Sometimes possessed of the dramatic bombast of its prog roots, and drawing its stylistic features from all over, this music mainly takes the textural approach characteristic of post-rock. It most resembles the traditional sounds of progressive rock on ‘Oceans Away’, the third movement of this three part composition, particularly in the lead keyboard parts. There are also elements of metal throughout, with some crunchy, rhythmic riff-craft, but curiously it never sounds heavy, so much as propulsive. I think that’s characteristic of this band: they employ a variety of recognisable stylistic features, but not in an obvious way, and without necessarily buying into the assumptions that come with them. This music is never about showing off, never about being a guitar hero, never in fact about anything except arranging a set of musical materials to develop an involving long form narrative.
I suspect this discipline, and the almost reticent approach to performance, is the reason for the music’s resemblance to post-rock, rather than any intention or direct influence. Prog rock is associated with noodling, and many of its fans enjoy a good, long chops-fest of a guitar solo, but there is no noodling here whatsoever. The album is introduced by what I take to be a synthesizer string sound, droning on a low note, from which emerges the first guitar texture; after the whole of its dramatic narrative, its huge range of dynamics, textures, sounds, melodies, vocals, its wide ranging journey, it returns to the same place. Some might find that circularity depressing, or indicative of a lack of creative progress, but to me this music tells a story (even without having listened closely to the lyrics), and it’s a story that like so many real stories, and so many real journeys, ends at home. This sense of cyclicity can be heard in the details of the music as well as its overarching structure.
There are some very engaging melodies and chord progressions in this recording, which frequently take unexpected turns in a way that is never jarring, but almost always moving, with a sense of warmth, if somewhat melancholy as well. In fact, that’s just the impression this record left me with: one of warmth. It has an enveloping and quite densely mixed soundstage, where nothing is unduly prominent; I take that as another token of the lack of ego that informs the EP. Much progressive rock is built, to my ear, on an empty technicalism, a creatively bankrupt obsession with musical cleverness: this is motivated by Magari’s sincere desire to share the great sounds they have found.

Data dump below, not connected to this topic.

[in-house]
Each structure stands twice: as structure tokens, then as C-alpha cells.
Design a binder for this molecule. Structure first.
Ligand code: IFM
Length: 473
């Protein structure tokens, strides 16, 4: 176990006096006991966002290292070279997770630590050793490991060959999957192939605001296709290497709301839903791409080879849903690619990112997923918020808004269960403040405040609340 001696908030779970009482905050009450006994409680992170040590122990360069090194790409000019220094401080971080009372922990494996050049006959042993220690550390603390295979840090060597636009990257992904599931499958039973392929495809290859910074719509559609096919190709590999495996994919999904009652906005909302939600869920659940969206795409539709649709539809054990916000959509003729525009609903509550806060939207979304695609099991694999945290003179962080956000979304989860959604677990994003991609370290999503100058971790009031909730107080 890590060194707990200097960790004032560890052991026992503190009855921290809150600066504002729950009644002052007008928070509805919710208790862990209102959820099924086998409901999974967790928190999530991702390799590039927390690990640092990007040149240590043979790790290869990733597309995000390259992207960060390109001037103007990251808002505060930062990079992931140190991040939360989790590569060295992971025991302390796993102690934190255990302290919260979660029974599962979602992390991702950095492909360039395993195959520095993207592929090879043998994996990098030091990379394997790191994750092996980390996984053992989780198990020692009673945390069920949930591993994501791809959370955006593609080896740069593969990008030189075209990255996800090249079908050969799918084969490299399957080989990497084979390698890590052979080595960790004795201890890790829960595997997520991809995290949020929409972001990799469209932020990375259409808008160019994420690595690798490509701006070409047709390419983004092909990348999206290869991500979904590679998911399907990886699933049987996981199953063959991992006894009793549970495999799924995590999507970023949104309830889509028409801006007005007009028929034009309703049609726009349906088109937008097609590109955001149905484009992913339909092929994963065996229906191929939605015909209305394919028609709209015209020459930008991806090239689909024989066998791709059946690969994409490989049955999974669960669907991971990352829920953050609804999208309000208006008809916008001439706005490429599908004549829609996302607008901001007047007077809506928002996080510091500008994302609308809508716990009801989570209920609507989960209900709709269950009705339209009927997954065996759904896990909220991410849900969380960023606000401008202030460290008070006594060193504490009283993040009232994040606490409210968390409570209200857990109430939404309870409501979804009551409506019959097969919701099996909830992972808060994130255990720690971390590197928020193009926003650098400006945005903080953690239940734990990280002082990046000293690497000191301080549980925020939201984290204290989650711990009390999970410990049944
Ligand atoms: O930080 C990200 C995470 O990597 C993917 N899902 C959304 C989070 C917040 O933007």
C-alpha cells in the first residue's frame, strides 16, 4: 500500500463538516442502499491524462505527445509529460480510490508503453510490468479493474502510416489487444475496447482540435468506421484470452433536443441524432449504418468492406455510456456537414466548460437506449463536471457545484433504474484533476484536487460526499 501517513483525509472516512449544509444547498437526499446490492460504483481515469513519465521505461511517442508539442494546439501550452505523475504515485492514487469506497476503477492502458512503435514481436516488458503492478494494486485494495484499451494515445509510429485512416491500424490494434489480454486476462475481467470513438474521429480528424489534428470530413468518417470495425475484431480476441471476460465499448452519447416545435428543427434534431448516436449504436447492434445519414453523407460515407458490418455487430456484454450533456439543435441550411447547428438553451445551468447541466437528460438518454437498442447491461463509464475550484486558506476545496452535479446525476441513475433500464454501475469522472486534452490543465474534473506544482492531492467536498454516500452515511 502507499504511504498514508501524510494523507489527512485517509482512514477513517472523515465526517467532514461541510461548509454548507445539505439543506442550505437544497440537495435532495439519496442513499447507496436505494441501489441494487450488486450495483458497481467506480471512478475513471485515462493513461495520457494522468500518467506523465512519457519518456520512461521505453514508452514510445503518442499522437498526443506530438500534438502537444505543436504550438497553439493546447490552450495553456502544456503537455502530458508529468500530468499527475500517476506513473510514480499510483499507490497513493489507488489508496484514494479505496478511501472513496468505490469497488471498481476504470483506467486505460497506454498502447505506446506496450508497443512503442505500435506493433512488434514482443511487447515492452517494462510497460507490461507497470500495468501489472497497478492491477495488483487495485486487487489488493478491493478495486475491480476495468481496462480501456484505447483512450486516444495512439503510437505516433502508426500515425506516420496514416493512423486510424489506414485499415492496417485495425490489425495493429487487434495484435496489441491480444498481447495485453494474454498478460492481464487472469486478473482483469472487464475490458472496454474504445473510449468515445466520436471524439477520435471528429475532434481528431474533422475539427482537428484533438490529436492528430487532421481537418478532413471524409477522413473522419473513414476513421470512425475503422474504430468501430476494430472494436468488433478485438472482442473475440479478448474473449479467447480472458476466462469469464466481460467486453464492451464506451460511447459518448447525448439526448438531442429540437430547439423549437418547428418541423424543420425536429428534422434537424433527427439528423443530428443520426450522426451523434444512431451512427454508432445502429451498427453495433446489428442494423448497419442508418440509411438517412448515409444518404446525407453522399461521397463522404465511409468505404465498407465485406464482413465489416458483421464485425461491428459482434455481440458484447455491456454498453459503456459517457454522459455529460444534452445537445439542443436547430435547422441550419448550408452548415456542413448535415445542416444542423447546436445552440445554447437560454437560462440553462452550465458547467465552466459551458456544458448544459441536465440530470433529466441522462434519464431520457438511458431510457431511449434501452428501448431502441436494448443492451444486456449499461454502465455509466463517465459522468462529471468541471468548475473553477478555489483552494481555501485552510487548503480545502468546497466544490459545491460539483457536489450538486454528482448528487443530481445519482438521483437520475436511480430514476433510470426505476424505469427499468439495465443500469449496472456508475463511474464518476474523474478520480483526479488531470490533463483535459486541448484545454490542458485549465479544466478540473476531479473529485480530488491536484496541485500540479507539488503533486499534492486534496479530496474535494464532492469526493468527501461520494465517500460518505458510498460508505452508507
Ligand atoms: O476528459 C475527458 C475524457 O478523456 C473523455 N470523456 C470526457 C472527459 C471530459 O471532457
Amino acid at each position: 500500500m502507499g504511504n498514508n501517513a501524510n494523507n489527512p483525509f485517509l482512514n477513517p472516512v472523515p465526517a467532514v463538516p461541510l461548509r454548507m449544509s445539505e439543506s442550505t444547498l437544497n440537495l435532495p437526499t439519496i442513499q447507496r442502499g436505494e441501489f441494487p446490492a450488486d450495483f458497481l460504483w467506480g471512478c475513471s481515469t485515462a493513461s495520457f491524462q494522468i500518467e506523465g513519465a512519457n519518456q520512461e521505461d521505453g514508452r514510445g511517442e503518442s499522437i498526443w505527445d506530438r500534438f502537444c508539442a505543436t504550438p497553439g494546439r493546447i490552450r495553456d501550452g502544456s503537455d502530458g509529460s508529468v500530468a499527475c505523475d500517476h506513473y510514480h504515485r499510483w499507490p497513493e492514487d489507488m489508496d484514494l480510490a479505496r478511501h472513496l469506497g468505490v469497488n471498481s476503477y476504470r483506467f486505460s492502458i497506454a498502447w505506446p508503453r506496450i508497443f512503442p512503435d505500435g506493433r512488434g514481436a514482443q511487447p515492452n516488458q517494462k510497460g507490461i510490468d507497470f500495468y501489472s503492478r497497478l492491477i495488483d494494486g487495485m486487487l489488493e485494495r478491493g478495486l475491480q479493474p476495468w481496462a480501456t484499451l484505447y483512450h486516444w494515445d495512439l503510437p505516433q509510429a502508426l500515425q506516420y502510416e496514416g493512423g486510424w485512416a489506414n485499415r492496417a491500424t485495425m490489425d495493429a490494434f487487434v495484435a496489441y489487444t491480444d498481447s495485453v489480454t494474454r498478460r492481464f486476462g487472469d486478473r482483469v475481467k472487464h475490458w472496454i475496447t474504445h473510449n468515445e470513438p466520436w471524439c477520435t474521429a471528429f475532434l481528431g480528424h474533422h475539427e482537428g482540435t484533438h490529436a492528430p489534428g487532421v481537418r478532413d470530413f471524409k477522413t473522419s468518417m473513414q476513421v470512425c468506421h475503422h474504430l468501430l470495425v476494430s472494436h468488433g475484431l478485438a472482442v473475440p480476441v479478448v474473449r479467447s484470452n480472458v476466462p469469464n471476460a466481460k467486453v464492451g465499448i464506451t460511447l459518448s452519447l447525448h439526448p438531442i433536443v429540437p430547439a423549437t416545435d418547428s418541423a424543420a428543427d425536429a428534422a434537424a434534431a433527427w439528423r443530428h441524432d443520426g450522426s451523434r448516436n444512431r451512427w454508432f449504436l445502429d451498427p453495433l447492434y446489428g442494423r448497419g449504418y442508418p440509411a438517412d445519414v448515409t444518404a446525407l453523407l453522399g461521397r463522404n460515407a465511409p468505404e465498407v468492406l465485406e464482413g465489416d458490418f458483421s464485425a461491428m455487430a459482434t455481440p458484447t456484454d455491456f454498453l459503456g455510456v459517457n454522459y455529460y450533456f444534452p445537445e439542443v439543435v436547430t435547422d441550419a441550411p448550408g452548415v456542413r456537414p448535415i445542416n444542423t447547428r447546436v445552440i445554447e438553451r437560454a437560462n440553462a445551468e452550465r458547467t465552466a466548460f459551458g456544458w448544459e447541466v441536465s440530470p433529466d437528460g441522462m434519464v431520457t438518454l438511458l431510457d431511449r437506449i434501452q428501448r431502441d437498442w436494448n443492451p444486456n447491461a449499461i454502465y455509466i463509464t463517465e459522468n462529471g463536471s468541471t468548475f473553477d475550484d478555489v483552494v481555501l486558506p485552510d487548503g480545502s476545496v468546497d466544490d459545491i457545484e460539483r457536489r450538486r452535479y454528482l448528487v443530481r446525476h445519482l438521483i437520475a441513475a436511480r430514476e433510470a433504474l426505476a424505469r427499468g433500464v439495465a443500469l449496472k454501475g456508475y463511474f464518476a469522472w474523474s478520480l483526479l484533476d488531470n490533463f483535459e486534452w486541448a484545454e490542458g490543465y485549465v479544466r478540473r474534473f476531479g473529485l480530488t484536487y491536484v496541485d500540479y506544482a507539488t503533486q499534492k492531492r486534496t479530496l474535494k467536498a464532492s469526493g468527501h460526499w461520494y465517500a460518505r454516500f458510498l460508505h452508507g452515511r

Echo Rain - ‘Hold On’ and ‘Bad Guys’ (alternative pop-rock)
self released, 2010, DD tracks, free
Echo Rain picked two tracks to send me, although there are several more on their Facebook page: one of the two reviewed here, ‘Hold On’, has a download button. The first thing I’ll say is that this is beautifully recorded and mixed, with some really juicy instrumental sounds: there’s a bass fill in ‘Hold On’ at around 2:20 where the tone fairly sings. The songs are very melodic with a sing-song quality, and the band texture is pretty heavy, although not brutally so; the arrangements are varied and creative, with passages of counterpoint vocal, and a dramatic use of dynamics. There’s a discipline here, with a good awareness of how to project the material to best effect. The sound is all about high energy and heartfelt emotion: to my ear it’s not hugely distinctive, but the technical standards are remarkably high, from songwriting, through instrumental and vocal performances, to production. Without something a little more controversial or quirky about their approach I think they’ll need the support of a label or brand to find an audience, but this stuff is radio ready, so they could definitely look into licensing and synchronisation. My conclusion? A bit generic, but highly accomplished.